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November 3, 2008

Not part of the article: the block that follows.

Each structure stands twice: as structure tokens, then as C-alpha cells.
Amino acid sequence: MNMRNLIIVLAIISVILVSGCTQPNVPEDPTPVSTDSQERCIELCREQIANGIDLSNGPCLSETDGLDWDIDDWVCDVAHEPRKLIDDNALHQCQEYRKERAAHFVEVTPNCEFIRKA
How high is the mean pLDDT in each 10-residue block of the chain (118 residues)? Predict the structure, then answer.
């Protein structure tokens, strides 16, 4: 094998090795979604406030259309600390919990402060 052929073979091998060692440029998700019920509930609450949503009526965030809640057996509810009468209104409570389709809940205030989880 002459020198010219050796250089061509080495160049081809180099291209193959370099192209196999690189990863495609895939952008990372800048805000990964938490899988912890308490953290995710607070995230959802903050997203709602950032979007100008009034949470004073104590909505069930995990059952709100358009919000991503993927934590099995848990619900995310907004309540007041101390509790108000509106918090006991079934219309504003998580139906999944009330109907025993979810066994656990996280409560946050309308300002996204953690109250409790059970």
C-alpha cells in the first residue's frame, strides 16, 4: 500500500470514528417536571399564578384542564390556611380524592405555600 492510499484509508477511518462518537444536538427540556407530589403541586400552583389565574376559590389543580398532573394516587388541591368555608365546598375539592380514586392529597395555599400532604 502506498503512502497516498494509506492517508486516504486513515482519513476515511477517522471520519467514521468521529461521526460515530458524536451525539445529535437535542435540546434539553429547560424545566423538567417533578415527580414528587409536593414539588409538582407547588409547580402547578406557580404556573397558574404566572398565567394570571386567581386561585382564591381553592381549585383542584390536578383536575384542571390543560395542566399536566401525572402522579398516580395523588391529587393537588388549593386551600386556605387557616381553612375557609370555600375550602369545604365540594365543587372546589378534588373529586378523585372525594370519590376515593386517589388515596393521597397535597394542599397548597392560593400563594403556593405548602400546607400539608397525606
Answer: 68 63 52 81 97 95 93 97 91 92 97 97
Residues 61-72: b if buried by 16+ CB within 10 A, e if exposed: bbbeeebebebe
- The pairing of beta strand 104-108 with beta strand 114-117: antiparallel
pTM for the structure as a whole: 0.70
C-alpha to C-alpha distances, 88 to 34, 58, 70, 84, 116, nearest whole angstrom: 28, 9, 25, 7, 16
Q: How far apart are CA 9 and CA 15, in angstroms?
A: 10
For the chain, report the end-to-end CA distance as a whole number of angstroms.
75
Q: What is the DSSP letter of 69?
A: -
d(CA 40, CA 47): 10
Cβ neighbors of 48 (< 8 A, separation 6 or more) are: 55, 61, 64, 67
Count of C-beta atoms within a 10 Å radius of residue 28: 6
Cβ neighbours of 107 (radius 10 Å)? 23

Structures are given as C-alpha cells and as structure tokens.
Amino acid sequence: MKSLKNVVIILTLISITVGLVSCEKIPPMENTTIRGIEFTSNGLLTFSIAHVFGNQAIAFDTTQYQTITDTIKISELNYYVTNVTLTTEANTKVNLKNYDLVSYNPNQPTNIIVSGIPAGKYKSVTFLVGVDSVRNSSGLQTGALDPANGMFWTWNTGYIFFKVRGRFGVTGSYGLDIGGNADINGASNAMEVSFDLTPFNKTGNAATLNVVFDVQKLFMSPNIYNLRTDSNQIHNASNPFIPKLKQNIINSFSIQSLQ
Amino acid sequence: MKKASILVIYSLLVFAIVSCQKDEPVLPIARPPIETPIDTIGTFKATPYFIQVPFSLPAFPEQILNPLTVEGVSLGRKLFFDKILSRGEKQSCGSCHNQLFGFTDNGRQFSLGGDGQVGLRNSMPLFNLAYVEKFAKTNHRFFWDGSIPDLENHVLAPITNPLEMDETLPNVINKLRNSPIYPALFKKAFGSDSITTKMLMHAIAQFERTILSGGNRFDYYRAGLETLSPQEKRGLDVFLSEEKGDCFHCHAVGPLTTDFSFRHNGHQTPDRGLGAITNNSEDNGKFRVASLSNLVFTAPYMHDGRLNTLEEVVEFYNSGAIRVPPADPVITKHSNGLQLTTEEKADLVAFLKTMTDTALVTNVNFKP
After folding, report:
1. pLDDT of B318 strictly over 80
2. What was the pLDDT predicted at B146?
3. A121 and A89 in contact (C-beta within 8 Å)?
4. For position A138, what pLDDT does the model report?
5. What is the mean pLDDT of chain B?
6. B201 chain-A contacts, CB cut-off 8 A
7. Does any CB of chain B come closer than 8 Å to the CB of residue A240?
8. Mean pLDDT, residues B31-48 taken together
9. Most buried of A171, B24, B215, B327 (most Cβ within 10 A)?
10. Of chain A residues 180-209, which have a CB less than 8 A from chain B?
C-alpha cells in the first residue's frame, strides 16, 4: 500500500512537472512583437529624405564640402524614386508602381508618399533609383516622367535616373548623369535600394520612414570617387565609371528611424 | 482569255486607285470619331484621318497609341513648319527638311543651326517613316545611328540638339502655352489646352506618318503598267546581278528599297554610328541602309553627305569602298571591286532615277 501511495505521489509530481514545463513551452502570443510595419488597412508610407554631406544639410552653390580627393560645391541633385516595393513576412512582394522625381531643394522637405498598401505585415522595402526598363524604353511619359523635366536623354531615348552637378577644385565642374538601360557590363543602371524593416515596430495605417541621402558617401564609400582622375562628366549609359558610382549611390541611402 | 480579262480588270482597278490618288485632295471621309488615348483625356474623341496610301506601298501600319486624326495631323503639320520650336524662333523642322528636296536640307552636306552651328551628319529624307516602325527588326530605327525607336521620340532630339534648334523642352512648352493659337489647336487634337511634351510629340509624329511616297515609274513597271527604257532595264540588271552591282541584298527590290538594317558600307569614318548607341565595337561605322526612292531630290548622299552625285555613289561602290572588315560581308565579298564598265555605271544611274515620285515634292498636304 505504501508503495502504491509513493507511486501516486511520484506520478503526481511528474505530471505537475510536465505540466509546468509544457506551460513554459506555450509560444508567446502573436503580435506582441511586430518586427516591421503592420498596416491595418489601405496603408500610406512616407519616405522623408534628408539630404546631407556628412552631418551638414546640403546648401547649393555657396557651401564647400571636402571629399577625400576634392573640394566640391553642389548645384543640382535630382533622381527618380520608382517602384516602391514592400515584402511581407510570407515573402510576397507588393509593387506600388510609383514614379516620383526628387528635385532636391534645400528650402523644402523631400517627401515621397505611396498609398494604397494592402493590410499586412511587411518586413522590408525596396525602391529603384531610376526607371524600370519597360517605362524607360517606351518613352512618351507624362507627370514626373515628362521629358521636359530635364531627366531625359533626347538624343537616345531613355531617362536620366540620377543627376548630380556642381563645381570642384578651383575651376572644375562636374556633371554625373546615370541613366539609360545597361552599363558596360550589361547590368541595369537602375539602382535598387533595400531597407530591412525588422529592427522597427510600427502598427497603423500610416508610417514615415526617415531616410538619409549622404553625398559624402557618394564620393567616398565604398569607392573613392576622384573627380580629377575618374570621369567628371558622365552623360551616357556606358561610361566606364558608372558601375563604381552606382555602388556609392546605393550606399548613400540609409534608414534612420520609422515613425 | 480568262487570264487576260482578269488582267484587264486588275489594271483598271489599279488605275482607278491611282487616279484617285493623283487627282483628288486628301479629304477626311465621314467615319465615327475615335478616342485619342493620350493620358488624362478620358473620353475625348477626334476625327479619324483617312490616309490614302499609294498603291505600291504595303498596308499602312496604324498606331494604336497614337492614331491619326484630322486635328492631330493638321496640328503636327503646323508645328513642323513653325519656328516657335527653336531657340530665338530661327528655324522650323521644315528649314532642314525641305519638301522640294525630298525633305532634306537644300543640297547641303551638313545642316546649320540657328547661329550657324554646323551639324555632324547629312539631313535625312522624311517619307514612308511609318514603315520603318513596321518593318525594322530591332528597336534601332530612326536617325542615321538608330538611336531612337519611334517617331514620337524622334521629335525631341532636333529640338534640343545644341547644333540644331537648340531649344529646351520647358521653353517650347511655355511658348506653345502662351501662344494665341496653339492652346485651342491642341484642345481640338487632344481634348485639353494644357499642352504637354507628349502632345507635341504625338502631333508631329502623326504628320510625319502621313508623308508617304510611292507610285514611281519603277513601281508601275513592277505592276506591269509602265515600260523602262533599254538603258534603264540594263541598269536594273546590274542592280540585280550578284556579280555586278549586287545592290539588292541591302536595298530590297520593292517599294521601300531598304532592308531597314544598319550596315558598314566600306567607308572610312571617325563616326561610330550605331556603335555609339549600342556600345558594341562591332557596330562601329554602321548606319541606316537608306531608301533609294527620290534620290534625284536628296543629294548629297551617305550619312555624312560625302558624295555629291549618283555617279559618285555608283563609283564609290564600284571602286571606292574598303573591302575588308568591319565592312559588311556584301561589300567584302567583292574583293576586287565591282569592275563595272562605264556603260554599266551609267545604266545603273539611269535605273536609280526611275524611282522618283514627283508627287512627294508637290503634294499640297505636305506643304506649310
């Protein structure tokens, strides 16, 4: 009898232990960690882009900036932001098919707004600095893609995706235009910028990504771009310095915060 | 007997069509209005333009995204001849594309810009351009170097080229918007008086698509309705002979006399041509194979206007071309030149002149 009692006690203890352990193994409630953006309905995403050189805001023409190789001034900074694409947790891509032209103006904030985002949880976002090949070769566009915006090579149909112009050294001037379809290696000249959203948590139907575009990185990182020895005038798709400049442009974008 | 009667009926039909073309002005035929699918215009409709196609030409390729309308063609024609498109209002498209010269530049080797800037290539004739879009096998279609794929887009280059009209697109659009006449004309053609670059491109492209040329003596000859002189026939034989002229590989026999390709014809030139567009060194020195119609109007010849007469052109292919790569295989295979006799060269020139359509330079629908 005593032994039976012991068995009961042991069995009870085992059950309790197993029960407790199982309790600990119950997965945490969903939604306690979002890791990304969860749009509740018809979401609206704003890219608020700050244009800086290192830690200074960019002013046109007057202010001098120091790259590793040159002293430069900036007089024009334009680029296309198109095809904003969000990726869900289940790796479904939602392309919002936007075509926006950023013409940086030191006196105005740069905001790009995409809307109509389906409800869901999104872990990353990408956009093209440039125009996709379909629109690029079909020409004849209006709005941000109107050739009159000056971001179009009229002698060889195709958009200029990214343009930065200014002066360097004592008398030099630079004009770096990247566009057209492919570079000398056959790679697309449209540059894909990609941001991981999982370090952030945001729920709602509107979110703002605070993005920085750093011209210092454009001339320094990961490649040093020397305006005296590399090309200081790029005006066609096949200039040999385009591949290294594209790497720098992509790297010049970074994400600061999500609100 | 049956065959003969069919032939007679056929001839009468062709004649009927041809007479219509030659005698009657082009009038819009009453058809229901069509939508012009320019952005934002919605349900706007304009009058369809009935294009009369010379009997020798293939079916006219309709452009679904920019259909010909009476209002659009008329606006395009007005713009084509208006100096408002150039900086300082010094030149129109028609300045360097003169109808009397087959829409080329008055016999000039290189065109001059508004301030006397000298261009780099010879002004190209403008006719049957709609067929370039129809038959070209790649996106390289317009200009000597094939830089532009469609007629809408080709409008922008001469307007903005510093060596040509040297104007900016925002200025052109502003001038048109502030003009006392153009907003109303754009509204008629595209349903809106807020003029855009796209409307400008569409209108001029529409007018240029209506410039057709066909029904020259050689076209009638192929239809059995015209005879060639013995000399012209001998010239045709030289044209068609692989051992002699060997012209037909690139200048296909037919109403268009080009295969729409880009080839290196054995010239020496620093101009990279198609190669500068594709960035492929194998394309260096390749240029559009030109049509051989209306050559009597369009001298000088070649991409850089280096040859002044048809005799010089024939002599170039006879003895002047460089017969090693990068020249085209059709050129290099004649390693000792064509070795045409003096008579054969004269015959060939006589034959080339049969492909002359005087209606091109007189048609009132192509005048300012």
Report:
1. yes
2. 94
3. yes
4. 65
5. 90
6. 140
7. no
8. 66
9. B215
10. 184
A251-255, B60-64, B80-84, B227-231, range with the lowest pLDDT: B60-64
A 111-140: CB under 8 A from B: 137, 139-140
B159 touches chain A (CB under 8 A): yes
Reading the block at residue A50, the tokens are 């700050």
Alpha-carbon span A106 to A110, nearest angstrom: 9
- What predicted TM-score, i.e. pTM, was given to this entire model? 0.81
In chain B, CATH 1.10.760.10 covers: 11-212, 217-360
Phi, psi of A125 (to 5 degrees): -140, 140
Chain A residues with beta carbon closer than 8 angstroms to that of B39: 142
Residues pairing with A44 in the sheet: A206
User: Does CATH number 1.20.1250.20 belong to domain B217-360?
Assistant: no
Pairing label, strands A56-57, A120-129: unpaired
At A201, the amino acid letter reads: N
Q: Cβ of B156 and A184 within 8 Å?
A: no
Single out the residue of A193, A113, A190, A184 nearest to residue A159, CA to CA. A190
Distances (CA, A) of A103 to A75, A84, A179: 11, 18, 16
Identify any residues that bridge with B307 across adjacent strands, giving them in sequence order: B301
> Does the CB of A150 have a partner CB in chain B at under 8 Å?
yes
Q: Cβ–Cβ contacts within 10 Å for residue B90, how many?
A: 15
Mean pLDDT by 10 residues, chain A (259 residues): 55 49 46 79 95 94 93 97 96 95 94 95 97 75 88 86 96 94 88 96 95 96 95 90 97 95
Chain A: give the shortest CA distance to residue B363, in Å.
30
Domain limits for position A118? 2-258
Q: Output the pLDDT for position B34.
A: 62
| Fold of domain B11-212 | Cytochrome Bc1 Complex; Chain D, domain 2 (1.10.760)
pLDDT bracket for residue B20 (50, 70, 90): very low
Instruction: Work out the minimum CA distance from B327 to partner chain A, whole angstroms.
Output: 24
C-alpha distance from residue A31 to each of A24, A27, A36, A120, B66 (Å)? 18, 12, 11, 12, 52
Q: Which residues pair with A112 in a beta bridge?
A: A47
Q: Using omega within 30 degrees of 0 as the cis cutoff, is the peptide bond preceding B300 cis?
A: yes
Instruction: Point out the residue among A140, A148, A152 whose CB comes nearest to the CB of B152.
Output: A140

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$3.55 • Vol. 19, No. 34 Covering Ontario's Legal Scene New SIU director promises change Ombud report a 'template for improvement,' says Scott BY ROBERT TODD Law Times ment recommendations from a report in which the province's ombudsman called the police oversight body a "toothless tiger." SIU director Ian Scott tells Law Times in an T he new director of Ontario's Special Investigations Unit says he will lead an internal team created to imple- from other SIU personnel, and "sub-teams" may be created to deal with specific issues, he says. "Some are actually relatively easy to ad- interview at the unit's Mississauga headquar- ters that the "ombudsman report response team" will lead the charge in responding to André Marin's scathing 121-page report, ti- tled "Oversight Unseen," within six months. "It won't be like the world has completely turned at that particular point," says Scott. "But my objective and my goal is to have a response to every recommendation, and some may be more a kind of . . . clip in time as opposed to necessarily the end point." Scott's appointment was announced Sept. dress. Some are going to require more long- term operational change, and it may be that at the end of the six months some of the report- ing on particular recommendations will be a work-in-progress," says Scott. The unit has been investigated seven times since its creation in 1990, with major probes conducted almost every five years since 1998, the year George Adams' first report on the SIU, which he followed up on in 2003. Scott says the SIU has been subject to a high November 3, 2008 Inside This Issue 3 Canaries In Coal Mine 6 level of public scrutiny for a pair of reasons. The unit was the first of its kind in Cana- da, he notes, with Alberta only recently creat- ing its Serious Incident Response Team with a comparable mandate. "Because it was always in uncharted water 23; Marin's report was released Sept. 30. At that time Marin told Law Times the SIU is "fearful and frightened, timid and intimidat- ed." His probe found that the unit doesn't work fast enough, fails to fully investigate allegations, is unable to force police co- operation, and employs too many ex-cops. The new director held off on respond- ing publicly to the report until he took the helm from outgoing director James Cornish on Oct. 16, saying through an SIU spokesman it would be inappropriate to do so. Scott says he views Marin's report as "a template for improvement" during his five-year term. But in the short term, Scott is busy preparing to meet the ombudsman's request for a written imple- mentation report within six months of his report's for years, and still is to some degree, it's gone through a series of growing pains," says Scott. The fact that legislation forces the SIU di- SIU director Ian Scott has created an internal team to implement recommendations in ombudsman's scathing report. release. The response team, which Scott says met for the first time last week, will play a key role. He says the response team will be made up of SIU staff including himself, executive of- ficer Paul Cormier, an investigative supervisor, an administrative manager, and a legal counsel. The team will help Scott decide which of the ombudsman's recommendations require input rector to essentially choose a winner in each file it deals with between police and citizens means it will always be fending off criticism from one side, he suggests. "The SIU is always going to be a flash- point. You're dealing with some of the most difficult societal issues a society can grapple with, those being use of force, fatality, and serious injury of our citizens caused by the police or agents of the state," he says. While Scott is at the helm of the SIU at a contentious moment in its history, he says he is motivated by an affinity for the type of work the unit does. For 15 of his nearly 25 years in law, Scott has See SIU's, page 2 Hubby out $5.3 million as SCC passes on LeVan BY ROBERT TODD Law Times man ordered to pay his ex-wife $5.3 million after failing to fully disclose his wealth. It's a disappointing move in the eyes of family law lawyers hoping to get some clear direction on marriage contract disclosure. "I can tell you [this case] has changed the way we practise," says Grant Gold, of McCague Peacock Borlack McInnis & Lloyd LLP, in reference to LeVan v. LeVan. "Financial disclosure has to be made in a way that is not only com- plete . . . but it has to be so completely full that it leaves no doubt that any- one would have any questions about one's financial position." T he Supreme Court of Can- ada has dismissed a leave to appeal application from a Alan Lenczner of Lenczner Slaght Royce Smith Griffin LLP, who represented the husband Richard Bruce LeVan, says the decision is devastating for his cli- ent. Because the value of assets is determined at the time of breakup, and the recent financial crisis has devalued the shares upon which much of LeVan's wealth was based, "He ends up with zero, she ends up with everything," says Lenczner. The wife is owed the $5.3 million equalization payment, and while that amount was based on a time when the family company shares held by LeVan were worth about $18 mil- lion, they are now worth about $5 million because of the recent financial crisis, says Lenczner. "There's no revaluation, so he has to pay her the value on break- up," says Lenczner. Philip Epstein of Epstein Cole LLP, who represented the wife in the case, says LeVan has taught the family law bar an important lesson. "I think it's a lesson the bar is taking seriously," says Epstein. "Le- Van is now a couple of years old and I've noticed an increased vigilance among family lawyers in terms of what they're providing when they negotiate a marriage contract." Gold says that before the LeVan decision, his approach to financial disclosure was to simply announce the value of shares his client owned. But that's not enough anymore, he says, with requests for financial statements now being made, re- quiring the retention of chartered business valuators. "It's caused all of us to be more cautious," says Gold. "I can tell you I know lawyers now who don't want to do marriage con- tracts at all because they're just too concerned about the liability." Judge Launched CJC 9 Focus On Real Estate Law Quote of the week "Land swaps on a whole are not taxable however we have an example where land transfer tax was attributable to relocation costs where one of the parties in a land swap paid the additional relocation costs of the other." — Maria Holder, associate, Fraser Milner Casgrain LLP See Land, page 12 and Court of Appeal gave instruc- tions in LeVan on what disclosure should have been made in the case, Gold was looking forward to getting some direction from the top court on the specific is- sue of whether it's necessary to hire a valuator to establish clients' interests in a corporation. "LeVan's a scary decision for fam- ily law lawyers, and I think every- body's going to say that," says Gold. "We don't know the type of disclo- sure that might be sufficient. So what I think we're doing is throwing every- thing out there and giving as much . . . disclosure as possible. Overkill is better. You're never going to get in trouble for giving too much." The Ontario Court of Appeal in May upheld an August 2006 de- While both the Superior Court cision by Ontario Superior Court See LeVan, page 2 Value your time? Then you'll value our technology! Tel: 416.322.6111 Toll-free: 1.866.367.7648 www.doprocess.com Industry leader in legal software for real estate, corporate and estates for over a decade www.lawtimesnews.com